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Two weeks ago today, a most wonderful, loving, caring, beautiful 19 year old girl died suddenly of an aneurysm. She was/is like a daughter to me. I can't quite say "was" yet, I don't think I ever will. Although I am beyond comprehension and full of pain and sadness, her parents, her sister, and my son - who loved her so much, are in such agony that my pain pales in comparison.

My son refuses to talk about her, he says he's "ok". I know he is not ok at all. Her father is shutting himself away completely; I know that if - I - feel as bad as I do, he must be feeling something I don't even know the words for....

Please tell me WHAT I can do. They are both hermits and introverts. They are both treading water just to make it through the day. I can neither just "show up" at my son's or at her father's house, knowing how much they hate to show their pain. I have called several times since the funeral and they didn't answer the phone. I've stopped at their respective houses, knowing they are home, but they didn't answer the door. Am I worried? You bet.

Am I supposed to "get the message and get lost", or insist and continue to bother them with my calls and my presence? I have not, nor will I ever, offer stupid and meaningless "comfort phrases" because I know myself that they mean nothing at all when you know your loved one is gone forever. All I want to do is be with them, clean or cook for them, take care of what needs to be done, offer a hug, share a box of Kleenex, be there for them.

I know I can't make things better, I need you to tell me whether I should keep calling or whether I need to wait until they call me.

The mother and sister have lots of people going in and out of their house/life, helping, comforting and doing what they can to make these first few months a tiny bit easier (if that's even possible).

These two loners though, are toughing it out on their own - separately, of course. God forbid they'd even talk to each other about their shared pain, even though they have so many questions for each other.

Please help me help them, even if it's just by staying away - if that's what I need to do. Tell me what is right and what is wrong.

I've even started thinking that I'm being selfish by wanting to be with them. Maybe I am. It would be comforting to me to be with them - is that why I think my presence would be comforting to them? I'm feeling helpless and confused.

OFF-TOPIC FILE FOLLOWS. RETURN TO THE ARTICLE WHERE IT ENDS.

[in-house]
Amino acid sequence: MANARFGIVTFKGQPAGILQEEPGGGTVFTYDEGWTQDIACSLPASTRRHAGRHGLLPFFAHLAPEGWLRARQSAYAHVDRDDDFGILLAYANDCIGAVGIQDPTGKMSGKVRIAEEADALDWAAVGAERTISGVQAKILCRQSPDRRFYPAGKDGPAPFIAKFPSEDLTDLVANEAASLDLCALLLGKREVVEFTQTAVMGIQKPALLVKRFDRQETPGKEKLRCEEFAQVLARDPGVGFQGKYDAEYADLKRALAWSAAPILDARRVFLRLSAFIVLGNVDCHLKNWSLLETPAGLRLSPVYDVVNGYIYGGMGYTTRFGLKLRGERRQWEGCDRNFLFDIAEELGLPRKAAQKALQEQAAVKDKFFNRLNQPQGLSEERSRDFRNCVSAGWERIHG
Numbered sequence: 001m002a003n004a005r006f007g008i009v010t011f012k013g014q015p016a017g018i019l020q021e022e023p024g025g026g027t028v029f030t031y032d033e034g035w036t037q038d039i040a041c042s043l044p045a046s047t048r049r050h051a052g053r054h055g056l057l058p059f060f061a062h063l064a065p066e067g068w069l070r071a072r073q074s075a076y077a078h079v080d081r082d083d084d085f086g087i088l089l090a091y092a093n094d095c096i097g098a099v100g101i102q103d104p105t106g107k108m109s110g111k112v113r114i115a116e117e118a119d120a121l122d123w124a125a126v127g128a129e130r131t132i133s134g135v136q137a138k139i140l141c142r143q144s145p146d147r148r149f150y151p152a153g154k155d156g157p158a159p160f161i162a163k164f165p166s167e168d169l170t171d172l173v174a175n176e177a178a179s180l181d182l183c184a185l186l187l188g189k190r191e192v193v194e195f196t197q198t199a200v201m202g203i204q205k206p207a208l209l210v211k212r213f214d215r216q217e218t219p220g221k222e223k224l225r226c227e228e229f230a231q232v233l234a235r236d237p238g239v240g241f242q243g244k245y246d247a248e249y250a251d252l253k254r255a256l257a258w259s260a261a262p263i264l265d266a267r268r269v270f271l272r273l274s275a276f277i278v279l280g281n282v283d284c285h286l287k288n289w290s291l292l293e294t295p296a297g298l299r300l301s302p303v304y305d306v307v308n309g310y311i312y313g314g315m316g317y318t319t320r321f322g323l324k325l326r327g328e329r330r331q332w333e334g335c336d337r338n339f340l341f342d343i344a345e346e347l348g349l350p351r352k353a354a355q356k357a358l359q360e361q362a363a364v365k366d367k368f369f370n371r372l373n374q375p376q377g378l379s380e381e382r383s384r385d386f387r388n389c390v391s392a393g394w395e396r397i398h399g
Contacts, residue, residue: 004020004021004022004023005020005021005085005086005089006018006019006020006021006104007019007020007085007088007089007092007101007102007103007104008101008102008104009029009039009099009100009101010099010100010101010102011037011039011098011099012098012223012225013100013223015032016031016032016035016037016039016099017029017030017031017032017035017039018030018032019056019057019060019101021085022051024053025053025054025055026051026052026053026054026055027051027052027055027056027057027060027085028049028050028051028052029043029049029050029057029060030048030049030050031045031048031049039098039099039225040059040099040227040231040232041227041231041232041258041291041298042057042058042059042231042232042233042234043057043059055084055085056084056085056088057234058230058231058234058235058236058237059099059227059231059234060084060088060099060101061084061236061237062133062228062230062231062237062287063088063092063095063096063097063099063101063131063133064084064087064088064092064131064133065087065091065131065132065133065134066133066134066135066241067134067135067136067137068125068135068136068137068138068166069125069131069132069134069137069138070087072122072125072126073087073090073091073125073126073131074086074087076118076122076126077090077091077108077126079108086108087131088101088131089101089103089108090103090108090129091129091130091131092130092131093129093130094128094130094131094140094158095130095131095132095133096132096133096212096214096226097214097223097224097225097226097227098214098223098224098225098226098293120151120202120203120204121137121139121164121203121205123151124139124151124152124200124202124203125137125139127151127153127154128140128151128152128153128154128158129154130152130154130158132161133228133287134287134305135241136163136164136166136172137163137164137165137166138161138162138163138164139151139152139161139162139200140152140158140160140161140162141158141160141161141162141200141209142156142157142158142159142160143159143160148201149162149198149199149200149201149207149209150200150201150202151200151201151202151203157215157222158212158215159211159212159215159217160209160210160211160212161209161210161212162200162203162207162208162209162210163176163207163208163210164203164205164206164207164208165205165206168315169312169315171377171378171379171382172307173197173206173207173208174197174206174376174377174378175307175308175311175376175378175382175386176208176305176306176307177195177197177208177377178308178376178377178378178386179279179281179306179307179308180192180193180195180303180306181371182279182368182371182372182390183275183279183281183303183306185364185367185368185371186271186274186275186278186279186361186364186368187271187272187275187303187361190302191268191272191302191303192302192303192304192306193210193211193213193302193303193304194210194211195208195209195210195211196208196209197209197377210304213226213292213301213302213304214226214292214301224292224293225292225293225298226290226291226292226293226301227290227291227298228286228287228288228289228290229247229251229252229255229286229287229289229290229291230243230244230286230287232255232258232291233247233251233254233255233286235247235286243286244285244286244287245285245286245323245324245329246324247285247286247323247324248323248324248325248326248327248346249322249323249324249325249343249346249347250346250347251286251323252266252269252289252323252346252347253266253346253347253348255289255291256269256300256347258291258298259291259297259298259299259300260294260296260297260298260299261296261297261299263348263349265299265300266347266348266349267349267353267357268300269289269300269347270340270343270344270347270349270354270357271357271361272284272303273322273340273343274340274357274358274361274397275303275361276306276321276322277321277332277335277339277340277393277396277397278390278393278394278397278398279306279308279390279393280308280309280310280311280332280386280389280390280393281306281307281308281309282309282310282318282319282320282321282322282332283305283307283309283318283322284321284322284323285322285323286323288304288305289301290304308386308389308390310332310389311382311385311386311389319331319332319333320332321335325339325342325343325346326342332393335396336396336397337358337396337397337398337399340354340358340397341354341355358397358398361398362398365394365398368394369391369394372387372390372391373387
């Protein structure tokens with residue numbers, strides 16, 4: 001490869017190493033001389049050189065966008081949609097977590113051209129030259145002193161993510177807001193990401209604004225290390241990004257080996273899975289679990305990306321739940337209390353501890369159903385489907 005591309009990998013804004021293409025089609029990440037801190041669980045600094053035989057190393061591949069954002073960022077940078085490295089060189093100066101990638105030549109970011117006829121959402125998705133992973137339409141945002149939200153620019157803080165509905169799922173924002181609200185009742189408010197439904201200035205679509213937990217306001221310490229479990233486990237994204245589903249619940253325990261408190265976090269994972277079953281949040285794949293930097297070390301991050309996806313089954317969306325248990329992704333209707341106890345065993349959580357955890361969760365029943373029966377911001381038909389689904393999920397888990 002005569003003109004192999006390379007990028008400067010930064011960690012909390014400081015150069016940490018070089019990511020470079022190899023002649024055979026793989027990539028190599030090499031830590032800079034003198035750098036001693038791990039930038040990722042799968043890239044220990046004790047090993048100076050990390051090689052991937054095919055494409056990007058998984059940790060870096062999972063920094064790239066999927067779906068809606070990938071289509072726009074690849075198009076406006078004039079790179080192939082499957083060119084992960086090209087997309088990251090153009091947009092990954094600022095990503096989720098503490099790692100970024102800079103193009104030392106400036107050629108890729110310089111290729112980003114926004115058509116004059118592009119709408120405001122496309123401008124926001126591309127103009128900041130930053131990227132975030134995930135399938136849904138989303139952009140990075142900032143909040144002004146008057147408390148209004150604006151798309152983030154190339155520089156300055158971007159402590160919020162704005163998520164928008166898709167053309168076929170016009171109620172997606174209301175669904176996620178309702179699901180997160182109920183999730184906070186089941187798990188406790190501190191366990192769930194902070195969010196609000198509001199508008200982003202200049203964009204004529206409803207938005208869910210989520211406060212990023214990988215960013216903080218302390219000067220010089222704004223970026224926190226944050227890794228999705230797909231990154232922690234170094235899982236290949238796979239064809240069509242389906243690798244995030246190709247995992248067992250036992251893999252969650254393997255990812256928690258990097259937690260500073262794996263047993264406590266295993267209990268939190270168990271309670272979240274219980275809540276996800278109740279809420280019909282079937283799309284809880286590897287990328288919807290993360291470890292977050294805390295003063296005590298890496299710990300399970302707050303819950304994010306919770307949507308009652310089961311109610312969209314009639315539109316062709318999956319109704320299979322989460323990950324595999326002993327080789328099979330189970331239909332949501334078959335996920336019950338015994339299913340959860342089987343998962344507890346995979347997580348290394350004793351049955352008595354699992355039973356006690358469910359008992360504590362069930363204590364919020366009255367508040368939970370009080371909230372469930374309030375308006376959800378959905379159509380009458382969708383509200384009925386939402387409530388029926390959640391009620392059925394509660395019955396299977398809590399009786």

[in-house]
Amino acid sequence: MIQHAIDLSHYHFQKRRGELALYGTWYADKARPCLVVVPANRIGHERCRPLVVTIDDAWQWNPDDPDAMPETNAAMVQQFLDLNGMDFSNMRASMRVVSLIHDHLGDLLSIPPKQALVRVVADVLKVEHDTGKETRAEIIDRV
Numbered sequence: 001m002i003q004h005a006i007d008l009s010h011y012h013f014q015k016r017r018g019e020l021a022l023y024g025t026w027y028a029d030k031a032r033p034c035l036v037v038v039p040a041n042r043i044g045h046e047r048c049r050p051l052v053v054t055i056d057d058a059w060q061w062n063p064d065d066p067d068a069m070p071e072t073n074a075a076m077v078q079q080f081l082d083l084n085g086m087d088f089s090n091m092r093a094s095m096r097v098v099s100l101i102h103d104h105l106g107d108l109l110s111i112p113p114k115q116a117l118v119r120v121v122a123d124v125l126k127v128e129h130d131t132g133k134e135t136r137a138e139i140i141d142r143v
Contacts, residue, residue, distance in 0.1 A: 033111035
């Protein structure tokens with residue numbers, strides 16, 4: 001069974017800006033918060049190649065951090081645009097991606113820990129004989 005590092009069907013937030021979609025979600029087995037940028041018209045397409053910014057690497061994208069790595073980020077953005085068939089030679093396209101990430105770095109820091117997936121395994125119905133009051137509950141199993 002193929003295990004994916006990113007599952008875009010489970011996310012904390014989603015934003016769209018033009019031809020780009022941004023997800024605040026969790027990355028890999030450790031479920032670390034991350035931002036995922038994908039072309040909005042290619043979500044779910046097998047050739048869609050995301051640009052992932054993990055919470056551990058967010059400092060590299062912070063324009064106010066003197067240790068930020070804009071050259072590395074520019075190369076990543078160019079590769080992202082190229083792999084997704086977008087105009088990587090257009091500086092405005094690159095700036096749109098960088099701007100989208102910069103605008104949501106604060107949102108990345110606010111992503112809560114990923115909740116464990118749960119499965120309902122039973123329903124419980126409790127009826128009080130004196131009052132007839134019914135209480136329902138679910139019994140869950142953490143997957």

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Onemoretime,

I am so sorry for the loss you have all suffered. It is doubly shocking when it is unexpected and in someone so young. Wow, this is a tough one. I know some people have to close themselves off and grieve by themselves. But I can certainly understand your worry and your wanting to help. I don't think you are being selfish, so don't worry about that. I really don't know what advice to give you, except that they are making it impossible for you to help them, so you really have no choice but to give them their space. I would still call once in awhile, maybe leave a message that you are just worried about them. Maybe that will prompt them to get in contact with you....I hope so. It is hard enough to deal with something like this without the added worries they are putting you through. Hopefully when they come out of the shock of it all, they will then want to talk. However, men tend to grieve in the "silent" way, so to speak. I'm sure there are some articles or recommended books on this site (go to the home page and look for the suggested reading link) about men grieving differently from women. It might help you get some perspective on it. Good luck.

A bug hug to you,

Shell

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Onemoretime

My name is Haley and I also and going through the same thing my Boyfriend of a years lost his Dad 3 weeks ago and I also am trying to be there for him and his Mom but it is hard I also call to make sure that they are ok I mainly just leave a message and say something to the effect of I am worried and want them to call just so I no that they are ok this weekend was hard cause they got into a major fight and now they shut the world out I love them both and I am worried about them alot and all I can do is let them come to me and that is really hard.

I can only tell you the same advice that I tell my self and that is jsut hang in there and let them no that you will be there for them in any way they need you. I hate this also it is so hard because you also are going through the pain and need to make sure that you take care of your self

Thanks

Haley

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I think you are probably right that you feel better with someone to talk to, and there is nothing wrong with that (I am the same way!). But everyone grieves differently. And the grief is so fresh after only two weeks! Everyone will be in shock for some time.

My suggestion, from what I learned from my grief counselor, is to gently let them know from time to time that you are available to them if they should need anything, but don't put any pressure on them about it. Then let them grieve in the way they need to, even if that means they ignore you. It's important to realize that they might never grieve in the way you think they should. Some people never talk about their grief, but instead they are what is called "instrumental grievers", that is, they may chop wood or do other physical work to work through the grief, and that is just as valid as talking. In general, men tend to be more this way, although of course there are exceptions.

So I would say a middle of the road approach is best -- don't pester them, and don't disappear. Just maybe a card or note every few weeks to say, "Thinking of you" lets them know you are still around and when they are ready, you are available to listen, or just sit with them in silence, or do something with them when they feel ready to go out and be with people -- and it might be many months before they are ready to do that. Be aware that if you send a note or leave a phone message, they may never respond -- and let that be okay. Accept them just as they are, because there is no way you can know what exactly they need, and solitude may well be exactly what they need, at least for awhile. Of course you are worried, but their reactions are normal in grief. And so are yours.